The three metabolism experiments gave the following result: positive. But (there is always a but) the fourth experiment did not: the gas chromatograph and mass spectrometer could not detect any molecules associated with living things. This equipment had been tested in the dry deserts of Antarctica, and even in these inhospitable places it had been able to detect complex organic molecules, but not on Mars. In other words, there was metabolism but the body was not, nor even its blown-by-the-wind remains. Both spacecraft, in opposite hemispheres, gave similar results.

Today, 35  years later, we can make the following reflections: either the chemical reactions were not of biological origin, that is, were generated by substances of the soil itself, as peroxides or superoxides. Or some kind of biology, with another class of molecules for which the instrument was not prepared, was detected, for example, life forms made from molecules that do not contain carbon. Or both spacecraft suffered very similar technical failures. Or simply Mars is more inhospitable than the most inhospitable place on Earth, Antarctica.


Meteorites are rocks that fall from the sky. Of those found so far it was discovered, by comparison with analysis made by spacecraft, that about 40 correspond to the Moon, and another thirty, to Mars, probably thrown into space by collisions with asteroids. One that was part of Mars more than one-thousand-million years ago was at the center of a controversy when, in 1996, David McKay and colleagues presented a scientific report entitled "Search for Past Life on Mars: Possible Relic Biogenic Activity in Martian Meteorite ALH84001." They showed that it is a volcanic rock that had been exposed to a fluid medium, that it has carbonate globules, magnetite particles and iron sulfate (residues that are common in certain types of metabolic activity) and complex organic molecules and what look like microfossils of bacteria. The confusion came because some wanted to use the word "possible" as meaning "probable", and some people went as far as understanding it as "proven". It is possible that bacteria have existed on Mars and then were launched toward the Earth, but it is thought that it is very unlikely that what was found in that meteorite in particular are evidence of extraterrestrial life. Reflecting on the case 15 years later, we still have the following doubts: or the meteorite contained Martian life; or it was contaminated later, on Earth; or the "clues" are all non-biological, natural mineral processes. Once again, the principle developed by David Hume, Pierre-Simon Laplace, Marcello Truzzi ("On the extraordinary: an attemp at clarification", Zetetic Scholar, Volume 1, Number 1, 1978, pp. 11-19) and others and popularized in a television series applies: you would better have some pretty extraordinary proof if your are going to take seriously some quite extraordinary claims.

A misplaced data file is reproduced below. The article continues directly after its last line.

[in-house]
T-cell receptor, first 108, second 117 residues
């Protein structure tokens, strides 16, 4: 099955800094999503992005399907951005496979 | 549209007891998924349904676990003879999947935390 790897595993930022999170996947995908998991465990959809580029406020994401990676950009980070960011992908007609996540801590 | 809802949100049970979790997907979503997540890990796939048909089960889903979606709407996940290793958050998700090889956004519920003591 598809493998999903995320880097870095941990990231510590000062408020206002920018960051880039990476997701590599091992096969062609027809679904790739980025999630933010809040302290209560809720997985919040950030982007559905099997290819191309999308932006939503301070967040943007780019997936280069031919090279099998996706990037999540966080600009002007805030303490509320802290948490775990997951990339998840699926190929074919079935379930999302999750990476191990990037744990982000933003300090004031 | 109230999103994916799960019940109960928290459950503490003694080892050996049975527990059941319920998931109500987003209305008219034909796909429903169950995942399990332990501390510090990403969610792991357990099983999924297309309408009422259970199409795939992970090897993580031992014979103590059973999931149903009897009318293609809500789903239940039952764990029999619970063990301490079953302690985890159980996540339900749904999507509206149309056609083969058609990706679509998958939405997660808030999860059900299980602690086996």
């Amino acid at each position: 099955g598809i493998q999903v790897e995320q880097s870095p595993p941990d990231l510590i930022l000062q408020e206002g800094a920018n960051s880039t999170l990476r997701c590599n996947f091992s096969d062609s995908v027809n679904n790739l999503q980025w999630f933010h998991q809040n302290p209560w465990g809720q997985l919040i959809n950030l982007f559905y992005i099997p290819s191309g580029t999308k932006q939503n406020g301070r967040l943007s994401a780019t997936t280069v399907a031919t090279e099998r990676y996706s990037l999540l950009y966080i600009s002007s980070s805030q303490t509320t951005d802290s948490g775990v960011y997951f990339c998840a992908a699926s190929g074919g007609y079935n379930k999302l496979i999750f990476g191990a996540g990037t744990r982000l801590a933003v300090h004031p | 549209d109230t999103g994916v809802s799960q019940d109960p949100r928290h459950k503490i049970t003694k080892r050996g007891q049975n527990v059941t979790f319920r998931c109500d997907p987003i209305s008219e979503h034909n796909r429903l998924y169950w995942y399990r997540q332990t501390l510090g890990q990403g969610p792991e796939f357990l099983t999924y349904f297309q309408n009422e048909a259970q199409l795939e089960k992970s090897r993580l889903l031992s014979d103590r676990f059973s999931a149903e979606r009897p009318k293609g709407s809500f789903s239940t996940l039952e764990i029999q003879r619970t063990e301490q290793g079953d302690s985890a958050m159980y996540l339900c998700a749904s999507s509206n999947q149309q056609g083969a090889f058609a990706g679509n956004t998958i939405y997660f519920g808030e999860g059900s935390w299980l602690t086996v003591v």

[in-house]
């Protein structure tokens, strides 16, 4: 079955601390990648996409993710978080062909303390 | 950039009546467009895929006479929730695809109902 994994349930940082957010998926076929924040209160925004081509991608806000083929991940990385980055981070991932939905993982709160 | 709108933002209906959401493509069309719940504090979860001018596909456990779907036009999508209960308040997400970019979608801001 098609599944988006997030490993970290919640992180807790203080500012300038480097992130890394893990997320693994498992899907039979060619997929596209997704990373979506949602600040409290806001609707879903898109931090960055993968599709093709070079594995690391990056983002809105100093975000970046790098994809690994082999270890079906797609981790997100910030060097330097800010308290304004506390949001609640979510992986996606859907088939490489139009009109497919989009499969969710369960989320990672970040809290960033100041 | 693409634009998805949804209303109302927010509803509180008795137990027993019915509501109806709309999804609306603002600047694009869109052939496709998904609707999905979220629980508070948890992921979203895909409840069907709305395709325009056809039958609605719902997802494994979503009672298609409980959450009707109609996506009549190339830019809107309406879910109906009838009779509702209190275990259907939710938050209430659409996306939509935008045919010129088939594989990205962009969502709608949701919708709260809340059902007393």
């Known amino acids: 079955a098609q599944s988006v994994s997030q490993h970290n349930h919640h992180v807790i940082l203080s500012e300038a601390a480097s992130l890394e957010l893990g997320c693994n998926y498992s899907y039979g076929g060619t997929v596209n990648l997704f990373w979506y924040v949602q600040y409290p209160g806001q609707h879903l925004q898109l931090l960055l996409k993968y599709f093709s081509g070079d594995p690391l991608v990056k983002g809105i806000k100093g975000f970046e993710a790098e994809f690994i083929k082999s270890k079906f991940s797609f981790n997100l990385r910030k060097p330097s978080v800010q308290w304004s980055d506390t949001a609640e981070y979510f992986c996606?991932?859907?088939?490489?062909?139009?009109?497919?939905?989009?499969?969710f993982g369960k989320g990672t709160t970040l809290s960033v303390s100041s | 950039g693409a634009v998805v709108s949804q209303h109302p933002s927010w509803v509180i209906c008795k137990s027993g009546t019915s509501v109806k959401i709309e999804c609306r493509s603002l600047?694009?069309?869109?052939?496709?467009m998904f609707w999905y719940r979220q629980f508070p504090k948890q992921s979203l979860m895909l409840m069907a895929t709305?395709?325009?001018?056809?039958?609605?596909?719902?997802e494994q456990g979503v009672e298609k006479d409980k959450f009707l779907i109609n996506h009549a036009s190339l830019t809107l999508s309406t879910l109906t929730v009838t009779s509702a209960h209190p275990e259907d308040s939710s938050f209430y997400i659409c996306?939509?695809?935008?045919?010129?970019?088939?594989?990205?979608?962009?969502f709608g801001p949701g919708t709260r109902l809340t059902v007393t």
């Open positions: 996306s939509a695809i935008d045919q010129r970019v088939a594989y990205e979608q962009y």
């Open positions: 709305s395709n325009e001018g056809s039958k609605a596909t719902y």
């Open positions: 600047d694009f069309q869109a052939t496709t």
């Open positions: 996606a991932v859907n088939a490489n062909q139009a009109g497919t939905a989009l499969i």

In 2000 the Mars Global Surveyor photographed, with a 2-m resolution, what appear to be marks or gullies carved by water springing on the desert: as the sands are always changing, we are not talking about water in the distant past, but in our present time. Although apparently in this case they are the result of thawing, it is possible that water do exists protected in underground sites. New spacecraft are investigating this possibility.

In 2004 the European Space Agency tried to land the Beagle 2 space probe, which had a mass spectrometer 10 times more sensitive than those of the Vikings, seeking to detect the hypothetical molecular residues of Martian life. Unfortunately the mission was lost.

NASA continues its policy of sending space probes to Mars every 26 months. All spacecraft that will land must be completely sterilized to avoid spoiling future biological experiments, and to avoid destroying any form of Martian life. Missions are already being considered that would place, at last, a rocket capable of launching from Mars to Earth capsules with fresh samples, for more detailed and reliable analysis in laboratories based back here. Of course, always avoiding contaminating our planet with any life form from Mars. 

Anyway, finding extraterrestrial life is more important than any human colony anywhere in the Universe. Mars is a Petri dish that must not be touched except by highly sterilized robotic probes, for a time advised by astrobiologists. This goes for NASA, Russia, China and private enterprises. If we think dispassionedly, there is no rush to send humans to Mars. As a friend of mine used to say, we should advance slowly but with good handwriting.

Aldo Loup.

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Based on a lecture given at the USP, on 30 August 2003. Originally published in ABC Color, on 10 September 2006. Photo: The Viking Lander 2 covered by Mars dust blown by the strong winds. At center, the mast of the parabolic antenna for communication with Earth. At right, one of the nuclear generators. Bottom right, part of the round mouth of the biological processor. Credit: NASA / JPL-Caltech. With permission from NASA HQ History Program Office.